Egyptian reform leader Mohammed El Baradei, center, speaks during a press conference following the meeting of the National Salvation Front, as former Egyptian presidential candidate, Hamdeen Sabahi, left, and former Egyptian Foreign Minister and presidential candidate, Amr Moussa, right, listen in Cairo, Egypt, Monday, Jan. 28, 2013 (Photo: AP)
Egypt's largest opposition coalition, the National Salvation Front (NSF), has indefinitely adjourned the first meeting of a planned series of roundtable discussions that were due to kick off on Monday, March 25, after two parties announced they would not take part.
"The current situation in the country – including the latest spate of violence, subsequent reactions, as well as the ongoing protests by Islamists at Media Production City, do not allow a dialogue at the moment," Ahmed Fawzi, secretary general of the Egyptian Social Democratic Party (ESDP) and leading member in the NSF, told Ahram Online.
"Only President Morsi, or rather the Muslim Brotherhood, can resolve the state of turmoil the country has been witnessing amid the already existing civil war and political infighting," he added.
The move was prompted by the current political malaise in the country and was geared towards establishing a framework for constitutional amendments and reaching a consensus over appointing a new prosecutor-general – two major demands of Egypt's opposition.
The invitation was extended to four parties, including the Strong Egypt Party, the Nour Party, Misr Party and the Reform and Development Party (RDP).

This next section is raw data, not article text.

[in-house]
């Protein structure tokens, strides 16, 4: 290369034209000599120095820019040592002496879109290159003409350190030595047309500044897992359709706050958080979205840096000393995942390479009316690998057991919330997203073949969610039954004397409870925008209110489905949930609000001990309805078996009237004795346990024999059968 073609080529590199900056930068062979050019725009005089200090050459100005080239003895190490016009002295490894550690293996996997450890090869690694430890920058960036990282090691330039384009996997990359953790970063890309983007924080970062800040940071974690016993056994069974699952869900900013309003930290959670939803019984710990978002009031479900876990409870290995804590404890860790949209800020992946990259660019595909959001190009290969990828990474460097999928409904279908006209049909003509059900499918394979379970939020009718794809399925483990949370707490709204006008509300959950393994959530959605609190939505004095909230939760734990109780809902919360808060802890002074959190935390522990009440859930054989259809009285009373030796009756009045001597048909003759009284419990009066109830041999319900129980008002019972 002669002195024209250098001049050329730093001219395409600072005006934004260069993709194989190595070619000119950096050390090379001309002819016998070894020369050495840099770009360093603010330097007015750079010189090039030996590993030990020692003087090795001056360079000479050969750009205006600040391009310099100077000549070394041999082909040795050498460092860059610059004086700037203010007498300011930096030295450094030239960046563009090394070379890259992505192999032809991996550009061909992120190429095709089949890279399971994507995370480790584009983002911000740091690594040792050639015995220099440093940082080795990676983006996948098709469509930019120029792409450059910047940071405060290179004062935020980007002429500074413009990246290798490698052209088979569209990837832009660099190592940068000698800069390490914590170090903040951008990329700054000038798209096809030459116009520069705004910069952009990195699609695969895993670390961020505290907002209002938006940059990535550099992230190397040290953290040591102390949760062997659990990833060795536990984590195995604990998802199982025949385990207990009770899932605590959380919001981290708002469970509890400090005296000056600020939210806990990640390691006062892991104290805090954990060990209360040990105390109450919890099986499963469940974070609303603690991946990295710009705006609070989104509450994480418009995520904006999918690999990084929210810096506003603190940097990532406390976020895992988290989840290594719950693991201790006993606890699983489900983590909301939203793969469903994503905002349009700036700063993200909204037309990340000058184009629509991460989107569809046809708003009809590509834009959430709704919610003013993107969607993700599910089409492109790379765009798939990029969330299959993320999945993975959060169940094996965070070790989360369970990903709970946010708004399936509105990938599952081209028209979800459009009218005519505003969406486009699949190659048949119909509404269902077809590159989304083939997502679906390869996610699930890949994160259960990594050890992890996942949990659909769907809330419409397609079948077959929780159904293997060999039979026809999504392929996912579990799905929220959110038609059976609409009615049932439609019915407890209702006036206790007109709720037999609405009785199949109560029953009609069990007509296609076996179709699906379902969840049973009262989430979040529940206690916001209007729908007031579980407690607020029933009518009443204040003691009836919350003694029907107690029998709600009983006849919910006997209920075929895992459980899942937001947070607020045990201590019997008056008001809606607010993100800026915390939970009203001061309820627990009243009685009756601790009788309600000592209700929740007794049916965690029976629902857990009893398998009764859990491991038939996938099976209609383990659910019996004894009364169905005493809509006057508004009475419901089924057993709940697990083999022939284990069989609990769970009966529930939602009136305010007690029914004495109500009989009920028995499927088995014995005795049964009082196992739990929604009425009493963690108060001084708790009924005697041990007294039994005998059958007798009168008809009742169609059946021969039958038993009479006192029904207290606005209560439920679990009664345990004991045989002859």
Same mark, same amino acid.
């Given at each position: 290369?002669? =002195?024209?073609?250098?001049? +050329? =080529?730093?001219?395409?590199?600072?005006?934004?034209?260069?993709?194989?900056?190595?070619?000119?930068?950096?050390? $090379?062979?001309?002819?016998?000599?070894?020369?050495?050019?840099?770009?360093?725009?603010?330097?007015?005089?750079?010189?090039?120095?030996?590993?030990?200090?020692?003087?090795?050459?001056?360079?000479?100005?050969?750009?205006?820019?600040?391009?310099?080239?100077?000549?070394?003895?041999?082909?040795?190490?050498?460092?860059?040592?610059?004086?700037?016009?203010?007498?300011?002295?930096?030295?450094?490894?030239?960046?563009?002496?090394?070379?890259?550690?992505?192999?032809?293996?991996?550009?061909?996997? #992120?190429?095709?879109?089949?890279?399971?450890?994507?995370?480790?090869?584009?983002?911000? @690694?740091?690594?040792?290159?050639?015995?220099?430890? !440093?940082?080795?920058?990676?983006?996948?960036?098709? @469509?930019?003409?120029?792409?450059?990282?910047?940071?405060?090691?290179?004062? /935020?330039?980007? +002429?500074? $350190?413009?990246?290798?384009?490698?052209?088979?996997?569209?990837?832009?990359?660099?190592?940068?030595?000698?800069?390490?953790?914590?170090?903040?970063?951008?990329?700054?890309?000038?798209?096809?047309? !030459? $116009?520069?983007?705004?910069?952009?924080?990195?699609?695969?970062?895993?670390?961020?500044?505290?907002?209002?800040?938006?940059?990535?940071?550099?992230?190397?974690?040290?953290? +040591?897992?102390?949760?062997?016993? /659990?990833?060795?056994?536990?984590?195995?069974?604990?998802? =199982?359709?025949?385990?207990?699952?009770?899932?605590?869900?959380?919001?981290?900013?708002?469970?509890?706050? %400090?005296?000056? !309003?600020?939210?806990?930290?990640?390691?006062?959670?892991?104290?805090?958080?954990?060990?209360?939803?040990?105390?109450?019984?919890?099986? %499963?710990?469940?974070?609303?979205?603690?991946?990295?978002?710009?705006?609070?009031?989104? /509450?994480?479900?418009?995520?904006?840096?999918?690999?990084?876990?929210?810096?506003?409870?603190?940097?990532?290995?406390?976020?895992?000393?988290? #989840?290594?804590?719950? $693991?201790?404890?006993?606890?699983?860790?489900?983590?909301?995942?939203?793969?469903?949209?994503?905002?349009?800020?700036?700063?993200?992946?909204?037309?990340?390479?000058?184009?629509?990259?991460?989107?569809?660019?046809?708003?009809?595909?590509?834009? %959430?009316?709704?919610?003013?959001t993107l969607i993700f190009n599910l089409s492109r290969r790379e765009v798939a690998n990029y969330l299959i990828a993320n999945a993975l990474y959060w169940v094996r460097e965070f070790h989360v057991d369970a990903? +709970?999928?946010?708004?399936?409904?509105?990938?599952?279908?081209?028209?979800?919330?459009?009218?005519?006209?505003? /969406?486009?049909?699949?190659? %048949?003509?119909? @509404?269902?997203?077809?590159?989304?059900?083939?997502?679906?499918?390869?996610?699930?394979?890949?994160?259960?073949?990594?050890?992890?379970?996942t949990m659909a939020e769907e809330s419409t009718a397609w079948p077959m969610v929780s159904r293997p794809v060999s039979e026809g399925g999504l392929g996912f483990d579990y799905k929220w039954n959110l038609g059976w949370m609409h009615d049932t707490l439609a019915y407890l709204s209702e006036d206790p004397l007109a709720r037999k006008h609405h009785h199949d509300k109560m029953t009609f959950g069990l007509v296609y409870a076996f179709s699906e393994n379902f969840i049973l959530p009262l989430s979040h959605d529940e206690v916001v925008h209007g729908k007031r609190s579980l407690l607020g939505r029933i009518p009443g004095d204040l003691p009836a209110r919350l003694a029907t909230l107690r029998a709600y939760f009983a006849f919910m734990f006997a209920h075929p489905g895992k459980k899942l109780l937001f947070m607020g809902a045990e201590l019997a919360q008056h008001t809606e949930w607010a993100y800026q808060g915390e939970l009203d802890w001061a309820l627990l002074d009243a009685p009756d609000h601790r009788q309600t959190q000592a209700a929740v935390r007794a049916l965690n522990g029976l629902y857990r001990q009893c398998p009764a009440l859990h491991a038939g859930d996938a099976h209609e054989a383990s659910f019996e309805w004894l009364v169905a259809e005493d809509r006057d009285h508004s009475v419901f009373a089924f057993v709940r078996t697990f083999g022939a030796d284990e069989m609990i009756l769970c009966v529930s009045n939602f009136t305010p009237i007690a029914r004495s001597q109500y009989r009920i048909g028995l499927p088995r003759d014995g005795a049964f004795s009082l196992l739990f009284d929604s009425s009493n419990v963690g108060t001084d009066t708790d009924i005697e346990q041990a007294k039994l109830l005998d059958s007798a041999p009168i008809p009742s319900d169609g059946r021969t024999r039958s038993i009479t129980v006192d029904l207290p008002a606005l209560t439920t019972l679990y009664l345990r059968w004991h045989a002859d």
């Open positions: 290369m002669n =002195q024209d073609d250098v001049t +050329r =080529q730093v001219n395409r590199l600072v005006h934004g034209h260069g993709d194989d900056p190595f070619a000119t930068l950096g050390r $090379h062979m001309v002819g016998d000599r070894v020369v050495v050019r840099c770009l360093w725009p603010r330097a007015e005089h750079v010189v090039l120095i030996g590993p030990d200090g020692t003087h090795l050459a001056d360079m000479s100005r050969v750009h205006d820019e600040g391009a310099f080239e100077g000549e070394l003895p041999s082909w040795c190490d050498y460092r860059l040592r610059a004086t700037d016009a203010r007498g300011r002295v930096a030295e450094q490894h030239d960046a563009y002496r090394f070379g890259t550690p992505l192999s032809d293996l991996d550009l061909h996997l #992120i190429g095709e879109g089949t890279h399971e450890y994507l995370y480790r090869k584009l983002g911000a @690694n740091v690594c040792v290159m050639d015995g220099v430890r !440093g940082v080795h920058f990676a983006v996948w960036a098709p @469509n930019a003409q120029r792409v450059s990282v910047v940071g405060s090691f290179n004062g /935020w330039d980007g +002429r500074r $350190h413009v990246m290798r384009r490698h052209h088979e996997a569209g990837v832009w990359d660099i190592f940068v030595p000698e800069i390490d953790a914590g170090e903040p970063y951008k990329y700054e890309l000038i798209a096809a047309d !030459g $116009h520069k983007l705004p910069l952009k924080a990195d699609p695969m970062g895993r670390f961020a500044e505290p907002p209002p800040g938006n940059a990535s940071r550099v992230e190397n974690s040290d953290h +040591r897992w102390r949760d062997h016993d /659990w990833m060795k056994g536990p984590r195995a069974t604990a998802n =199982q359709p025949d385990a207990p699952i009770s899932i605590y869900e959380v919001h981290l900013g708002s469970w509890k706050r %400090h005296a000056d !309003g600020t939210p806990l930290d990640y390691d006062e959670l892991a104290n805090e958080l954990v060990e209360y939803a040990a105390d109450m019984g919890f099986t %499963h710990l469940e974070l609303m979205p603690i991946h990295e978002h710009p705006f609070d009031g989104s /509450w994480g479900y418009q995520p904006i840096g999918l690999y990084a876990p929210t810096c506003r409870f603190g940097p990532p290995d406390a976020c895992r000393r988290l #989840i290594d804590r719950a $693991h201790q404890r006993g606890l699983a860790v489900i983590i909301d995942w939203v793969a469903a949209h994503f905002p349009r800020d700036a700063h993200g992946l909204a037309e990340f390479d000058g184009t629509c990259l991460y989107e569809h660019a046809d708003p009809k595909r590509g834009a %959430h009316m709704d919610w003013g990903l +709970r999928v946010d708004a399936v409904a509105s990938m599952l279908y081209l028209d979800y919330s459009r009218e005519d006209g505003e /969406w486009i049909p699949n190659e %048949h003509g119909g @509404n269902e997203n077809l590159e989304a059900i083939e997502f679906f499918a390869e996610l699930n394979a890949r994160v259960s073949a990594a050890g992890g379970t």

Both the Nour Party and the Strong Egypt Party confirmed earlier they would not engage in the dialogue.
Younis Makhyoun, Nour Party chairman, confirmed on Sunday that his party would not take part in the talks, saying he doubted the efficacy of the move in view of the limited number of participating parties.
The latest violence in front of the Muslim Brotherhood’s Cairo headquarters in the suburb of Moqattam appears to have changed the party's readiness to negotiate with Egypt's largest opposition bloc.
About 200 people were injured when anti-Brotherhood protesters clashed with members of the group at the Brotherhood's headquarters and stormed several of its offices nationwide.
"What has made the situation more complex is the involvement of the front's members in the latest violence, whether by calling for protests before the Brotherhood headquarters, inciting violence or by actual participation," Makhioun said in a statement issued on Sunday.
He urged the front to make a public stand against those who took part in the violence.
Also on Monday, the Strong Egypt Party– led by former Muslim Brotherhood member and ex-presidential hopeful Abdel-Moneim Abul-Fotouh –asked the NSF to modify the vision for the dialogue and the issues it would tackle.
"The front has not replied to reservations that we wanted to discuss before embarking on the dialogue, so we decided not take part," said Mohamed Othman of the Strong Egypt Party.